Seniors Recall Apollo 11 Moon Landing 50 Years Later

Bernie Tafoya
July 19, 2019 - 9:29 am
Back row: Martin Monahan and Tom Ryan; Front row: Gary Thelen and Howie Groves

WBBM Newsradio/Bernie Tafoya


CHICAGO (WBBM NEWSRADIO) -- The 50th anniversary of American astronauts landing on the moon for the first time ever is an event that’s still fresh in the minds of many people who live at the Smith Crossing retirement community in Orland Park. 

Tom Ryan, 85, said the moon landing is memorialized in his family by a picture his wife Rosemary took, as their five children were lying on the floor watching TV.

“She was home with our five kids who had chicken pox and they were watching the event on TV," he said. 

Tom Ryan's 5 children watching the moon landing on TV in 1969
WBBM Newsradio/Bernie Tafoya

Ryan said, to him, the moon landing “shows that we could organize and keep ahead of the competition to accomplish that goal.”

Gary Thelen was 28-years old at the time. He and his wife had been married a few months and thought it a good time to replace their 12-inch screen TV.  Thelen was a tech at Argonne National Lab then.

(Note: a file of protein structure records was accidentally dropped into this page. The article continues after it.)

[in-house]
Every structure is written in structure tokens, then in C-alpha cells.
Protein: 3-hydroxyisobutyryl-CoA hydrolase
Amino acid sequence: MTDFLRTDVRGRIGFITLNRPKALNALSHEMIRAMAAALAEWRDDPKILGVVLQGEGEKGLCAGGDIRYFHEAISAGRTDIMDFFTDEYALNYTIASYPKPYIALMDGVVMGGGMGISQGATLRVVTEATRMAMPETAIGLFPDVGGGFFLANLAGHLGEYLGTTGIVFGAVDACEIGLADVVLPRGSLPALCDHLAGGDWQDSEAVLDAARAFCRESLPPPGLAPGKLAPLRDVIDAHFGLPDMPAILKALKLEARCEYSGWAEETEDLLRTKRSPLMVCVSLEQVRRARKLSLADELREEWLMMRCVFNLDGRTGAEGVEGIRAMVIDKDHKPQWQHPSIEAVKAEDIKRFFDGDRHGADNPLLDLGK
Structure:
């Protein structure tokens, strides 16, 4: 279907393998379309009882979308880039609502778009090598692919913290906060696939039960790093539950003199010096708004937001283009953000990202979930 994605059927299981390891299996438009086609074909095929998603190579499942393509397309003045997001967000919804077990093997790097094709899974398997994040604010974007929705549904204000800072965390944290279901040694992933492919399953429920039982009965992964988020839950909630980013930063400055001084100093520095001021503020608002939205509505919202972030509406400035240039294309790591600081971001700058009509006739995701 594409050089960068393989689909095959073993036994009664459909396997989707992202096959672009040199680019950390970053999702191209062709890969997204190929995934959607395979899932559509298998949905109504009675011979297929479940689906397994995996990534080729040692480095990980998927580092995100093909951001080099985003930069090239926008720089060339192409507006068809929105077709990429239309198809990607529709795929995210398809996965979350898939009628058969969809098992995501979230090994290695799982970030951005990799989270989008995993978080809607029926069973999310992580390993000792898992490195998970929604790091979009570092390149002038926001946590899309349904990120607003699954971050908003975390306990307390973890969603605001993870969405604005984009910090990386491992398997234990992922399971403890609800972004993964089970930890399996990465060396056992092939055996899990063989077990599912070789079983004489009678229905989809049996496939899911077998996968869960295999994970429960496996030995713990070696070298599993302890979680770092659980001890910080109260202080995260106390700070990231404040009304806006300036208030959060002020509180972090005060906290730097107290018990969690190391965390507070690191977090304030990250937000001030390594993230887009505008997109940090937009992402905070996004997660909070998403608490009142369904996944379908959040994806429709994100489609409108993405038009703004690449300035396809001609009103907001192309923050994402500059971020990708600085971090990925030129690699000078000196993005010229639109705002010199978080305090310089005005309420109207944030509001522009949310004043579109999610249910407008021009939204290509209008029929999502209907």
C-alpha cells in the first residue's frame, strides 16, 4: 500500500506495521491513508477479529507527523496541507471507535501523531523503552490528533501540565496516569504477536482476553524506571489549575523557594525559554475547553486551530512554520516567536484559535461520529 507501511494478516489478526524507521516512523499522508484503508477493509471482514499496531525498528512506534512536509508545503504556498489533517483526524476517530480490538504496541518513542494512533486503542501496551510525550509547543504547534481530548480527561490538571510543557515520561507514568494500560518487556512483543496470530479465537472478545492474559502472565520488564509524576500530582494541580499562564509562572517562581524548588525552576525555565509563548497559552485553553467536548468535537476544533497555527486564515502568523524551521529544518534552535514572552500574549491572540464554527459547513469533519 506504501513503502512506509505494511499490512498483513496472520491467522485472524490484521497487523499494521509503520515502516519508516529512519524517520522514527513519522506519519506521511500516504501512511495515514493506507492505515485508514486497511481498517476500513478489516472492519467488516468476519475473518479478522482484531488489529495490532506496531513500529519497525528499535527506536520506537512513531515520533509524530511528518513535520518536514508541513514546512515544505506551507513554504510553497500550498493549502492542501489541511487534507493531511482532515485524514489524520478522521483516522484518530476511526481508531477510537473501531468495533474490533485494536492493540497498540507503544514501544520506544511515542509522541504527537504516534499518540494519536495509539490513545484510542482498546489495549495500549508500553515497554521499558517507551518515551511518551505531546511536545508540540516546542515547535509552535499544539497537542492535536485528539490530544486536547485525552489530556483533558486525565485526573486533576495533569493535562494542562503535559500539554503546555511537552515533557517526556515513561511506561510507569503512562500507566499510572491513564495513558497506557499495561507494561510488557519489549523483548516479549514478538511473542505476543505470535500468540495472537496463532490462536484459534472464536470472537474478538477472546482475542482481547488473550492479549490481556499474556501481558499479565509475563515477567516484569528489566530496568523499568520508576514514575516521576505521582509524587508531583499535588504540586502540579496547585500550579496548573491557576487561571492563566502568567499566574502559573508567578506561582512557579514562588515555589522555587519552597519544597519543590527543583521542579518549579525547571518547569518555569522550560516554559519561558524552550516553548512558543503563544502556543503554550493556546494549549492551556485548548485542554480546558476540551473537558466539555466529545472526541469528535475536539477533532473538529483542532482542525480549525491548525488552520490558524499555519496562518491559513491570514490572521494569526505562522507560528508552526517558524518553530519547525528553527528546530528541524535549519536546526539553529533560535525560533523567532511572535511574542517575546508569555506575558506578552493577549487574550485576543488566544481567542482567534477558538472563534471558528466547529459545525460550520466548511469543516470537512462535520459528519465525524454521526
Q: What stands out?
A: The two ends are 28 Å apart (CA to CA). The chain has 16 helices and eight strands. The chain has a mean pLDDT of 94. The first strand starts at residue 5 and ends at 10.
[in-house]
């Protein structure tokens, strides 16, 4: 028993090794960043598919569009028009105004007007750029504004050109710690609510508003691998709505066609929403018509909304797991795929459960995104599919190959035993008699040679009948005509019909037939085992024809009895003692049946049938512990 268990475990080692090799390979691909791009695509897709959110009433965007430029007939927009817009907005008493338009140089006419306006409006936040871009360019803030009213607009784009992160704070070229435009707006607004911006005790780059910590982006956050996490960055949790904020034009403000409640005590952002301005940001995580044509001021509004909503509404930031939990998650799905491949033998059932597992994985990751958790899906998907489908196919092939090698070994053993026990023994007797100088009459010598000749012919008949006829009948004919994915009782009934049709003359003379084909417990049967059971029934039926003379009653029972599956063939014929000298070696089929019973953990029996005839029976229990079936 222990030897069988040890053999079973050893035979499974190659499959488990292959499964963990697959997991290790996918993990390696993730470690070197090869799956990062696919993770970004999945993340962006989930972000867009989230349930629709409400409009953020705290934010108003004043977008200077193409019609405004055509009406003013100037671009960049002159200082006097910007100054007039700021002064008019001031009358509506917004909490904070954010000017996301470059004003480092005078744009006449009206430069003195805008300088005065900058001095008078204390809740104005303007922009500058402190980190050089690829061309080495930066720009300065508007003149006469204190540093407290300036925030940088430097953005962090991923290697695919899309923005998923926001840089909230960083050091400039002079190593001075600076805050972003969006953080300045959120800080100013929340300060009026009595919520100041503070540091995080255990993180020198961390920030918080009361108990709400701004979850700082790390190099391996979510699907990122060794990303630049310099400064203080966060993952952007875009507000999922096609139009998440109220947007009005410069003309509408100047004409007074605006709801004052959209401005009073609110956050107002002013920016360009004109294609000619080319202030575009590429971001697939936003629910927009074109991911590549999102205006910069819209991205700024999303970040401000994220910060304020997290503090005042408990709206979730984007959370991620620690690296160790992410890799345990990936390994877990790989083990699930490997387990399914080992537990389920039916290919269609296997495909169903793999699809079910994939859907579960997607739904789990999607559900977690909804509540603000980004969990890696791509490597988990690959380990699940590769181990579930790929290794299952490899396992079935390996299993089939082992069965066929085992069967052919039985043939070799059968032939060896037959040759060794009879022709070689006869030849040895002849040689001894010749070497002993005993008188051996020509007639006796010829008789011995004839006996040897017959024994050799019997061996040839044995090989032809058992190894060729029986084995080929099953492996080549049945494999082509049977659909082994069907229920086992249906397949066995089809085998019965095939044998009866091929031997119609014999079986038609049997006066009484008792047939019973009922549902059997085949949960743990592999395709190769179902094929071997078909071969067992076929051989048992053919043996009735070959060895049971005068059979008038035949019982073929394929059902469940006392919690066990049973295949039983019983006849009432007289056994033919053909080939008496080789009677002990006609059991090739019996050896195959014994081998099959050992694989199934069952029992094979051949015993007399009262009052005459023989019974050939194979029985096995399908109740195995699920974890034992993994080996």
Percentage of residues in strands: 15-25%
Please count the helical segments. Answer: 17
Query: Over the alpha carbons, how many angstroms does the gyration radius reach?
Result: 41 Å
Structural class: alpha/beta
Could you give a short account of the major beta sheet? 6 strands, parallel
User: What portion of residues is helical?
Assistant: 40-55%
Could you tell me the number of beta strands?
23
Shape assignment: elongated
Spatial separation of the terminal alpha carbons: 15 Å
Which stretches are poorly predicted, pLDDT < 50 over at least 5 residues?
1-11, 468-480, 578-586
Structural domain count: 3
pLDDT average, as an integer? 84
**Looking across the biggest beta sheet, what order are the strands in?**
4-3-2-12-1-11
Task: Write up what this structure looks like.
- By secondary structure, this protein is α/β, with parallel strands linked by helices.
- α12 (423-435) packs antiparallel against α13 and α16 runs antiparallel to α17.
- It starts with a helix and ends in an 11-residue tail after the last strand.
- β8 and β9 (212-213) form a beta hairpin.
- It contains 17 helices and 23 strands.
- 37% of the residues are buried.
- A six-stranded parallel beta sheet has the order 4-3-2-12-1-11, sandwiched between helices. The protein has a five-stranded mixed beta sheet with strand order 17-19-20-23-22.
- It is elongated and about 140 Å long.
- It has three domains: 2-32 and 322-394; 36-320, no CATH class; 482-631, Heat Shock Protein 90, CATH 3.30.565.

“We went out and bought a 19-inch TV…mainly so I could see the moon landing,” he said.

Howie Groves, 88, was fascinated by America landing on the moon. He kept up with it as best he could while working two jobs. 

What about a trip to Mars? 

“If they can do it…why not?” Groves said.

Sandy Gerdy, 76, remembers the moon land well. She was in the hospital giving birth to her son, Jim; that “moon baby” is celebrating his 50th birthday this weekend. 

“We’re going to give him binoculars,” Gerdy chuckled when a reporter suggested he be better able to see the moon now.

Astronaut Edwin "Buzz" Aldrin poses next to the U.S. flag July 20, 1969 on the moon during the Apollo 11 mission.

Martin Monahan, 76, was also in a hospital where his father was dying of Parkinson’s disease.

“My perspectives were that that’s great because it means that, with that kind of advance, we can take care issues like Parkinson’s," he said.

Monahan is disappointed there’s still no cure for Parkinson’s. 

Neil Armstrong steped into history July 20, 1969 by leaving the first human footprint on the surface of the moon.

Leo Frainier, 86, a self-confessed sci-fi geek was a chemistry doctoral student and fascinated by space travel.

“This was just mind-boggling. I couldn’t believe that these people were a quarter million miles away and they were walking on the moon,” Frainier said.

Frainier said man walking on the moon is still the most amazing event he’s ever seen.